Fishing With Plastic Grubs

Tackle: You will need assorted soft plastic lure bodies. Use grubs or worms (3 to 6 inches long), tube jugs (3 to 4 inches long), or shad type bodies (1 1/2 to 4 inches long). The color search section of this document explains which colors to use. One-eighth or one-quarter ounce jig-heads are the most commonly used. Jig-heads of one-half ounce or more are occasionally used from a boat, you may also want jig-heads as heavy as 1 1/2 ounces or bottom walkers (wire “arms” weighted with leads).

How to fish: The basic technique for fishing grubs is to drift-fish. Cast slightly upstream, straight out, or slightly downstream, depending on the amount of current. Count down to the proper depth (one-one thousand, two-one thousand…), then start reeling.

You are at the proper depth if your lure occasionally lightly ticks on the rocks. Use the lightest jig-head that allows you to reach the bottom consistently. In slower current, larger grubs (5 to 6 inches long) may work better.

A “dead” drift, with no action imparted, is generally the most effective and the least tiring to retrieve. However, movement may trigger strikes and varying reel speed, adding twitches, jigs, flutters, sweeps, or pauses is sometimes more effective.

Fishing From a Boat: When casting toward shore, slow your retrieve as your lure moves into deeper water to allow if to follow the bottom contour. You may need heavier jig-heads when fishing offshore structure in deeper water.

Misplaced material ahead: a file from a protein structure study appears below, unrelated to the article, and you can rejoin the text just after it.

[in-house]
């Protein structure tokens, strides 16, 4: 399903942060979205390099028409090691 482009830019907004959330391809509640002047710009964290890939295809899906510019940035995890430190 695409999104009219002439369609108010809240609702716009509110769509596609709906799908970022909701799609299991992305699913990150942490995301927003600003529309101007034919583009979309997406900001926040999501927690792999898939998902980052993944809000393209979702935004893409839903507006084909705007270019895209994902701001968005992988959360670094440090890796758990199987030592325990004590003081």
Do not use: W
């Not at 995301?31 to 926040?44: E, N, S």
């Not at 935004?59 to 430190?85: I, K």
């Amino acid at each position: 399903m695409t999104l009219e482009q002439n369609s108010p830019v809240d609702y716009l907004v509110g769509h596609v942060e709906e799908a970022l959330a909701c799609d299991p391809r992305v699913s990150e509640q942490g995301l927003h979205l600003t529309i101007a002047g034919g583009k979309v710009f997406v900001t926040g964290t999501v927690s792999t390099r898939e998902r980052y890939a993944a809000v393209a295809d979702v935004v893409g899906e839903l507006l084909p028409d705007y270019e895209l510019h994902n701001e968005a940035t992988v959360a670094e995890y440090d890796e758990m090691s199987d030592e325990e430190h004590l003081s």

In addition to the standard drift-fishing technique, there are a couple of specialized methods that work well from a boat. With weight heavy enough to keep the grub near the bottom and the line straight down from the boat, drift your boat along with the current. The jig-head should occasionally tick the bottom. Drifting or trolling very slowly with a bottom-walker is another good technique. When using bottom-walkers, rig your grub directly on a 1/0 to 3/0 hook and use a leader 18 to 36 inches long tied to the top eye.


How to Hook Them: Pay close attention to the light taps that tell you a northern pikeminnow is sampling your grub. Quickly set the hook when you feel a tap. It’s more important that the hook set be fast and hard. A quick, tight snap is all it takes.

Color Search: Northern pikeminnow will sometimes ignore one color grub and very actively hit another. A good basic rule is, for bright light and clear water, use light colors; for low light and cloudy water, use dark colors. Northern pikeminnow have been caught on over 100 colors, but color preferences vary from day to day and hour to hour. If you like a particular color, try it, but if that one doesn’t work, be ready to try another. Fish each color for about 15 minutes and then try a different color if you don’t have good results.

At night, northern pikeminnow are most consistently attracted to grubs with purple bodies and either blue or green glitter. These colors are also available with chartreuse tails, which often work well. Try purple grubs with blue or green glitter first.

Next try a color with just black glitter (salt and pepper). grubs with an orange-brown body and a chartreuse tail, or a “smoke” body with a chartreuse tail work well. Red is the last basic glitter color to try for night fishing. Grubs with a purple and black body with a chartreuse tail and red glitter or a motor-oil green color with red glitter should work if the fish are keyed toward red.

For daytime fishing, try light colored bodies like chartreuse or smoke. Experiment with glitter colors. Fish don’t always follow rules; light colors or white sometimes work at night and dark colors sometimes work during the day. Experiment with colors to find what works best for you.

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